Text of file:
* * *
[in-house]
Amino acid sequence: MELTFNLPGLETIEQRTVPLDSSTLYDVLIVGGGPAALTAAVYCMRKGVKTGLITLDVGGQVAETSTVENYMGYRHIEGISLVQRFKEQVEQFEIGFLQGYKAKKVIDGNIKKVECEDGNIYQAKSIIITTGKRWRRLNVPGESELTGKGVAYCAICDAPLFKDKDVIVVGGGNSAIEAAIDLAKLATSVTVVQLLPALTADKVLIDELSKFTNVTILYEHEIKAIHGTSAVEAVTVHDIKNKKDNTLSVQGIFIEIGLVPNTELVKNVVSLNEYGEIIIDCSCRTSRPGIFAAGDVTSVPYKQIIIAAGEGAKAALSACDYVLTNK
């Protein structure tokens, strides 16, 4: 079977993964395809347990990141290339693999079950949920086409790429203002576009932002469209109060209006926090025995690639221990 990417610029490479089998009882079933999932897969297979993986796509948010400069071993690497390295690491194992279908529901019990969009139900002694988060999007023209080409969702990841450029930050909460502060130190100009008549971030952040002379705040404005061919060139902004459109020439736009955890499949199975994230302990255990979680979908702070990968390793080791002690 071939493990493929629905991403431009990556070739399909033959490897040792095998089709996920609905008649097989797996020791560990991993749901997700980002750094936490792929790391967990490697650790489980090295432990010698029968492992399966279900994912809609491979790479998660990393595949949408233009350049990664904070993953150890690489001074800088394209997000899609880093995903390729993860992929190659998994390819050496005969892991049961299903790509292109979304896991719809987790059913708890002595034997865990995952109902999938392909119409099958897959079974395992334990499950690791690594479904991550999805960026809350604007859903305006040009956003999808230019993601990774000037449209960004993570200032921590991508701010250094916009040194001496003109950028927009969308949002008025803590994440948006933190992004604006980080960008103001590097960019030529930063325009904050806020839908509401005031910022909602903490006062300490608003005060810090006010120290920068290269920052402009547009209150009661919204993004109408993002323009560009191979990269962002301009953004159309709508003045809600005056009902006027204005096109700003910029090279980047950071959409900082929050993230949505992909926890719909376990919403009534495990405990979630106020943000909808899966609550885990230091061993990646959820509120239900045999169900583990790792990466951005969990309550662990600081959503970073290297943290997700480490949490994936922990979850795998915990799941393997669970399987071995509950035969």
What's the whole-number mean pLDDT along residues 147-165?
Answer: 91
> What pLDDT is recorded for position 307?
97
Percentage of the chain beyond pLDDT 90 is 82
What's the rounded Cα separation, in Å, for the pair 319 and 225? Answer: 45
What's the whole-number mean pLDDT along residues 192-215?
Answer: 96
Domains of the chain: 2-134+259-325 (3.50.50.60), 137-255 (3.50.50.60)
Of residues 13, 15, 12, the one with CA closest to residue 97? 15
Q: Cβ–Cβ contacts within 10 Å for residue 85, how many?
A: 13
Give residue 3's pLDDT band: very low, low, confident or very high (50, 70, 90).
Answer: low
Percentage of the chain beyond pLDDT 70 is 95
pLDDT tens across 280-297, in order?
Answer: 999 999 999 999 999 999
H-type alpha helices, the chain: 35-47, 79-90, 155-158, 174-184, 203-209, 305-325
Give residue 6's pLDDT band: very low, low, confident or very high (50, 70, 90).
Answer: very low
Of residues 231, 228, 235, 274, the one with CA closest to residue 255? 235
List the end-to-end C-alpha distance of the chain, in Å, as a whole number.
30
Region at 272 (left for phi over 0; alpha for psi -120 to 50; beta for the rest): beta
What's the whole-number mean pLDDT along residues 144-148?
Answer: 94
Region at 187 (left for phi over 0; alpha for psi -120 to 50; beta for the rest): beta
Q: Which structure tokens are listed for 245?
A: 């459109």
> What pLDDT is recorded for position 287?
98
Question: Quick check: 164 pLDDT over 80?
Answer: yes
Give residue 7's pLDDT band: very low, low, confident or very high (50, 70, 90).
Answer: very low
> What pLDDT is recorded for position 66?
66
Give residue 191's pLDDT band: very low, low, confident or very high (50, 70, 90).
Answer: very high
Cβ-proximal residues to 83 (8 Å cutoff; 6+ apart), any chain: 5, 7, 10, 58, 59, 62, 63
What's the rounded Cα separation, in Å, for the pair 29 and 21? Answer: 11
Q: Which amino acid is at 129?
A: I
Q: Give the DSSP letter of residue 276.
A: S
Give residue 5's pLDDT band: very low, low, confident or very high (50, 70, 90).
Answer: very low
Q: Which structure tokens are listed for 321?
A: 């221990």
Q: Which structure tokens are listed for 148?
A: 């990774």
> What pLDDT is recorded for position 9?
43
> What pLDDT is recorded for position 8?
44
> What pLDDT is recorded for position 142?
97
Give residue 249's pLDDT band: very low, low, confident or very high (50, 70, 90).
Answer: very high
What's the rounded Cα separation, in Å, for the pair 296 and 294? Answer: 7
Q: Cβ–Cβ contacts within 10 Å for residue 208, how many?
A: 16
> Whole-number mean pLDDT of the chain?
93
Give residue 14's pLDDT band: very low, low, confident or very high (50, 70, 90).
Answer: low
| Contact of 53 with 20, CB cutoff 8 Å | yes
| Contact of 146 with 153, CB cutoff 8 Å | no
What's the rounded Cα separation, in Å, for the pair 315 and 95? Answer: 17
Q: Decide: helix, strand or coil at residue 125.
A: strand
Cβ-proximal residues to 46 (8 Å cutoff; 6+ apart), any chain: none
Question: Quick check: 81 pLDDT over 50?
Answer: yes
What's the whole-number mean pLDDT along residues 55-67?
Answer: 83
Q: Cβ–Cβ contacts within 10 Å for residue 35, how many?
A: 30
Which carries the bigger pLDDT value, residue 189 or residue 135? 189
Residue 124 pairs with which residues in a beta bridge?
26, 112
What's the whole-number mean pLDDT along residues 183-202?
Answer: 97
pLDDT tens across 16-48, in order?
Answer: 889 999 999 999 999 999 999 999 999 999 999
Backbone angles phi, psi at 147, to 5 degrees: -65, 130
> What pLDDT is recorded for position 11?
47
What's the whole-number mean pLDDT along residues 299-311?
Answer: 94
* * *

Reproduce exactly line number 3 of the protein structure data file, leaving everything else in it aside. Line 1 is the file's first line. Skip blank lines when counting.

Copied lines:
């Protein structure tokens, strides 16, 4: 079977993964395809347990990141290339693999079950949920086409790429203002576009932002469209109060209006926090025995690639221990 990417610029490479089998009882079933999932897969297979993986796509948010400069071993690497390295690491194992279908529901019990969009139900002694988060999007023209080409969702990841450029930050909460502060130190100009008549971030952040002379705040404005061919060139902004459109020439736009955890499949199975994230302990255990979680979908702070990968390793080791002690 071939493990493929629905991403431009990556070739399909033959490897040792095998089709996920609905008649097989797996020791560990991993749901997700980002750094936490792929790391967990490697650790489980090295432990010698029968492992399966279900994912809609491979790479998660990393595949949408233009350049990664904070993953150890690489001074800088394209997000899609880093995903390729993860992929190659998994390819050496005969892991049961299903790509292109979304896991719809987790059913708890002595034997865990995952109902999938392909119409099958897959079974395992334990499950690791690594479904991550999805960026809350604007859903305006040009956003999808230019993601990774000037449209960004993570200032921590991508701010250094916009040194001496003109950028927009969308949002008025803590994440948006933190992004604006980080960008103001590097960019030529930063325009904050806020839908509401005031910022909602903490006062300490608003005060810090006010120290920068290269920052402009547009209150009661919204993004109408993002323009560009191979990269962002301009953004159309709508003045809600005056009902006027204005096109700003910029090279980047950071959409900082929050993230949505992909926890719909376990919403009534495990405990979630106020943000909808899966609550885990230091061993990646959820509120239900045999169900583990790792990466951005969990309550662990600081959503970073290297943290997700480490949490994936922990979850795998915990799941393997669970399987071995509950035969």